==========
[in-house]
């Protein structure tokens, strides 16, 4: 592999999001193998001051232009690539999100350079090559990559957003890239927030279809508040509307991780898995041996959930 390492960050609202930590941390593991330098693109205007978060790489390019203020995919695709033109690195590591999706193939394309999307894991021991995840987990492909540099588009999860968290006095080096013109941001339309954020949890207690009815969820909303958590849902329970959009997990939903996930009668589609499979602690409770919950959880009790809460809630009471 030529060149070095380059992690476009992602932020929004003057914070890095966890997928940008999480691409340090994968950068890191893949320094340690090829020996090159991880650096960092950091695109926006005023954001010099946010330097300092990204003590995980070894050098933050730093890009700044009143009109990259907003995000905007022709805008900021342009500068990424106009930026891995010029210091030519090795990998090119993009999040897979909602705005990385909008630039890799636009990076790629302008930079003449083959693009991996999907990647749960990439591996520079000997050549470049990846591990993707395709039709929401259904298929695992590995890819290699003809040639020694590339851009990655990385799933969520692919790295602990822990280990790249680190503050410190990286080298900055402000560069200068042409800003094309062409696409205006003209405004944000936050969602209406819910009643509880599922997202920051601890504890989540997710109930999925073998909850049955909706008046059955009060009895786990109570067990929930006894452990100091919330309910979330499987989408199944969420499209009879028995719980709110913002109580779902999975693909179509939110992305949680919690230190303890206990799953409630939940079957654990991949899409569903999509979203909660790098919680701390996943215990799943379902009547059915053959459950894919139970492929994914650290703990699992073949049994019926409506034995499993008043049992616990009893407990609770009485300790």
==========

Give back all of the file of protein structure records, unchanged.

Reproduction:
[in-house]
């Protein structure tokens, strides 16, 4: 592999999001193998001051232009690539999100350079090559990559957003890239927030279809508040509307991780898995041996959930 390492960050609202930590941390593991330098693109205007978060790489390019203020995919695709033109690195590591999706193939394309999307894991021991995840987990492909540099588009999860968290006095080096013109941001339309954020949890207690009815969820909303958590849902329970959009997990939903996930009668589609499979602690409770919950959880009790809460809630009471 030529060149070095380059992690476009992602932020929004003057914070890095966890997928940008999480691409340090994968950068890191893949320094340690090829020996090159991880650096960092950091695109926006005023954001010099946010330097300092990204003590995980070894050098933050730093890009700044009143009109990259907003995000905007022709805008900021342009500068990424106009930026891995010029210091030519090795990998090119993009999040897979909602705005990385909008630039890799636009990076790629302008930079003449083959693009991996999907990647749960990439591996520079000997050549470049990846591990993707395709039709929401259904298929695992590995890819290699003809040639020694590339851009990655990385799933969520692919790295602990822990280990790249680190503050410190990286080298900055402000560069200068042409800003094309062409696409205006003209405004944000936050969602209406819910009643509880599922997202920051601890504890989540997710109930999925073998909850049955909706008046059955009060009895786990109570067990929930006894452990100091919330309910979330499987989408199944969420499209009879028995719980709110913002109580779902999975693909179509939110992305949680919690230190303890206990799953409630939940079957654990991949899409569903999509979203909660790098919680701390996943215990799943379902009547059915053959459950894919139970492929994914650290703990699992073949049994019926409506034995499993008043049992616990009893407990609770009485300790």